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open jam

Discussion in 'Band Management [BG]' started by Youngspanion, Apr 29, 2005.

  1. Youngspanion

    Youngspanion Supporting Member

    Jun 16, 2003
    Staten Island, NY
    Tomorrow night Im going to an open jam. There is a studio in Manhatten that does open jams. I've never been to one and Im a little nervous. What should I expect? Any advice? By the way,this will be my first time ever playing with real people.
  2. Jazzin'

    Jazzin' ...Bluesin' and Funkin'

    Hehe, real people. But, there is a first time for everything, and hopefully you wont have trouble playing along with other people. What do you usually play along with: music, drum machine, metronome?
  3. I was curious about the same thing aswell. As much as i do play with a bunch of guys sometimes, whats an open jam like. I usually play along with my thoughts. Which soemtimes can be scary. :rolleyes:
  4. tappel


    May 31, 2003
    Long Island, NY
    You wouldn't be going to The Studio on 30th, would you?

  5. pyrohr


    Aug 28, 2001
    Pakistani compound
    I go to open jams often, This is what I think you should do.
    1) Don't take your bass the first outing, see what is going on first and if you can handle it come back and give it a try.

    2) open jam means you will be playing with other people that may have an agenda unlike yours and may just need a bass player to support THEM and you may get thrown under the bus!
    Not everyone at the jam is a good musician, learn who's who.
    If you do play don't go in there and shot your load, someone in there will probably be better than you and will make YOU the poster boy for bass 101 school!

    3) Be real humble, play for the song until you get to know everybody, That way if you are the weakest link they will admire your guts and determination for trying!

    4) just have fun!

    BTW where is this jam located? I would like to see what's going on :hyper:
  6. RiddimKing


    Dec 29, 2004
    My experience with open jams is that they can be okay, or they can suck really bad. The okay ones are when everyone communicates, so you know in advance whether there's going to be say a 12 bar blues in A or an extended jam on Evil Ways. The worst ones are when some guitarist decides with some keyboard player friend of his that they're going to launch into some Beatles or Stones tune, and not bother to ask the drummer or bassist if they know the song, and aren't going to offer the changes in advance. This is based on the arrogant philosophy that there are some "standards" that everyone should know ("standards" = songs I'm comfortable with, tough luck if you don't know them). I used to get really upset and self-conscious when this sort of ambush happened...now I just either unplug and set my bass down, or I turn my volume knob to "0" and pretend I'm playing through the song (lots of head-bobbing and knowing confident looks at the guitarist). YMMV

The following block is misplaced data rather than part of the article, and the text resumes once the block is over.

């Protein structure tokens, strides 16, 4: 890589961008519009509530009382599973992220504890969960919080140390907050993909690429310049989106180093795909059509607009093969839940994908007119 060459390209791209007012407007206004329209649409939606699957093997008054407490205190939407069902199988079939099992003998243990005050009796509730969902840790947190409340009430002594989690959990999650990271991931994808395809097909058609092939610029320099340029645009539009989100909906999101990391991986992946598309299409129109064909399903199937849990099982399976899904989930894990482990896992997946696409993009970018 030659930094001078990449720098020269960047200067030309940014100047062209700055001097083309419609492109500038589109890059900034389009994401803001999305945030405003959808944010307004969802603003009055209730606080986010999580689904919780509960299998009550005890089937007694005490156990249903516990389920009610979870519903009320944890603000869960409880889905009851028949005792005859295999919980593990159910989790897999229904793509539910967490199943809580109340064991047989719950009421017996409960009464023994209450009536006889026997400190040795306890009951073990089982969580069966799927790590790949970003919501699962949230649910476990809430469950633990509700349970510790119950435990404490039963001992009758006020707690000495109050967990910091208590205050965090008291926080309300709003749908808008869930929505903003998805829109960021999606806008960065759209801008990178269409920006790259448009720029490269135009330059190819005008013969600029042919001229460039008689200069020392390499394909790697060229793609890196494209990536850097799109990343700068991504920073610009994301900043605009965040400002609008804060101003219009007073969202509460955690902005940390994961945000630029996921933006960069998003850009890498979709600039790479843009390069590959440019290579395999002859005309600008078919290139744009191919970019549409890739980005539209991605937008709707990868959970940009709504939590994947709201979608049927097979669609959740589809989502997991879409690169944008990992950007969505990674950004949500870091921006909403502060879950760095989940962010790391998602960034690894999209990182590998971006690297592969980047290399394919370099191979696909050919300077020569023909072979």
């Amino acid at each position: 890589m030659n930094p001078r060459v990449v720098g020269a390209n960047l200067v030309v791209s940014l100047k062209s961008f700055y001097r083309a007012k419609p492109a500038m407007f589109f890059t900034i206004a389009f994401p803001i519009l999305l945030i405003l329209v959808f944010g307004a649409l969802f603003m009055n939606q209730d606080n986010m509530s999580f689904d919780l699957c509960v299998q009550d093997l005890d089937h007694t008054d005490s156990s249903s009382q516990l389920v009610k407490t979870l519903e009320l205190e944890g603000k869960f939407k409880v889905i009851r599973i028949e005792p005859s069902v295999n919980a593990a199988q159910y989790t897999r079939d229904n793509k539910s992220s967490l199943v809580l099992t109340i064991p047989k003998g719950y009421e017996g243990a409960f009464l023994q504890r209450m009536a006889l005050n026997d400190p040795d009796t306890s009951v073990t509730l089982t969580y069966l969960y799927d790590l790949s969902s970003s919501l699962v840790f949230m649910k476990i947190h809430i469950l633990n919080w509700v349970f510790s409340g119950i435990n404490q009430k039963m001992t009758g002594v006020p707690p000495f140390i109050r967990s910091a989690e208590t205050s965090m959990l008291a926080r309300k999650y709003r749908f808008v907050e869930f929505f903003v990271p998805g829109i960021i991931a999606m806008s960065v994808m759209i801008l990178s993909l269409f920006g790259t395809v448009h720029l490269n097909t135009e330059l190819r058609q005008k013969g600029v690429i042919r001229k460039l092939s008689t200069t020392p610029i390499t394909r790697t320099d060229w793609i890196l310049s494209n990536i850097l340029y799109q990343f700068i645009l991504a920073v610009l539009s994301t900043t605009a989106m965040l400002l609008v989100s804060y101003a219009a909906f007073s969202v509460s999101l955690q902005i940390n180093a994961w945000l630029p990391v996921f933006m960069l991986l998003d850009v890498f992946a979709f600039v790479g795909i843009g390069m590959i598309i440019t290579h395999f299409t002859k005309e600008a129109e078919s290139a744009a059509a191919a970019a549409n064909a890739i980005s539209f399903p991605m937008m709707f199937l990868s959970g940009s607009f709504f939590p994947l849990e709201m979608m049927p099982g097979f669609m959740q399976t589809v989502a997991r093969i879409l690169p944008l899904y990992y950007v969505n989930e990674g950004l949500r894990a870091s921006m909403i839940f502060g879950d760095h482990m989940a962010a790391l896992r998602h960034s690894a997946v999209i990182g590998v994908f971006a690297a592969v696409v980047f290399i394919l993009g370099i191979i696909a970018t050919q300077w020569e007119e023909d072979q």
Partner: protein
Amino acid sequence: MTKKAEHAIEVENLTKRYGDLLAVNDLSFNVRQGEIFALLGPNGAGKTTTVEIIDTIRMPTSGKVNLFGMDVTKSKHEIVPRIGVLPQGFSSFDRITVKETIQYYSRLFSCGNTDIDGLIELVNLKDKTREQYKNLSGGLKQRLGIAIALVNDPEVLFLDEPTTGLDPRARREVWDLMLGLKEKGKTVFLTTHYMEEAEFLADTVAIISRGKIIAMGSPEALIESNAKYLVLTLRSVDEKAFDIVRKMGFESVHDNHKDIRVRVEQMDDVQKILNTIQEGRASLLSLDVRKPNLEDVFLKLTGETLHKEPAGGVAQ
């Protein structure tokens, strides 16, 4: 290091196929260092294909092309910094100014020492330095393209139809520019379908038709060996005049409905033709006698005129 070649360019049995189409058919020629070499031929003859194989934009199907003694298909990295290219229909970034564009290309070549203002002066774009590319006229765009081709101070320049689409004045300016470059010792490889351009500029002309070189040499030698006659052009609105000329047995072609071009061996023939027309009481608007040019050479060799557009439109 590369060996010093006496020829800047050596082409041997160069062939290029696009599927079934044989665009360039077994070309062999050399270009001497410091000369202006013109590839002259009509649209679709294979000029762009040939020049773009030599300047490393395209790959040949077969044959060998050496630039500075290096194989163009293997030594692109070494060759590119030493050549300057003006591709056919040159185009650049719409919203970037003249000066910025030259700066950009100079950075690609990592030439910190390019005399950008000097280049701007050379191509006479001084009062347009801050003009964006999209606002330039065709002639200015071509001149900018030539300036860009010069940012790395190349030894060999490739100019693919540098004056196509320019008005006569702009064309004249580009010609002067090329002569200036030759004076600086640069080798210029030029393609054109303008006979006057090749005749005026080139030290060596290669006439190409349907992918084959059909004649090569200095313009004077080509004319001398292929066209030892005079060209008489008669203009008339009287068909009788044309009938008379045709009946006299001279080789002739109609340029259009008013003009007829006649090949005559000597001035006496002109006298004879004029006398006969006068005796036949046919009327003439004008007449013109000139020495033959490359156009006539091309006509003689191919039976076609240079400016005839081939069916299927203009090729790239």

7. pyrohr


    Aug 28, 2001
    Pakistani compound
    That's what's known as "being thrown under the BUS"
  8. Youngspanion

    Youngspanion Supporting Member

    Jun 16, 2003
    Staten Island, NY
    Jazzin'. All 3. and Tappel, Yes! on 30th street.
  9. LiquidMidnight


    Dec 25, 2000
    +1 on that.

    As said before, jams can be very amazing experiences or total trainwrecks, depending on the level of musicianship on stage. I've been in more crap jams than good jams, so I've been rather soured on the experience. I would only get up to "jam" with a few musos that I know. I was recently involved in a jam last January in which a bunch of musicians played a bunch of stuff that really didn't mix together (so much that I had trouble finding a spot in the music where I could just sit in the pocket). I felt that the whole experience made me look bad, so now I'm hesitant to get on stage in an improvisonal situation unless I know the others guys know what they're doing up there. Improvising takes skill, and it takes even more skill with people you have little playing experience with. I find that many musicians don't have good improvisational skills. Maybe it has to do with them not really being good musicians in the first place. Or maybe they are just use to learning cover songs off of records verbatim and really can't hang in an improvisational situation. Or maybe they are set on playing their own thing and don't really listen to what else is going on on stage.

    If musicians want to jam, maybe I should first ask, "So do you have an extensive background in playing either Jamband music or Jazz. If not, then see ya!". :D

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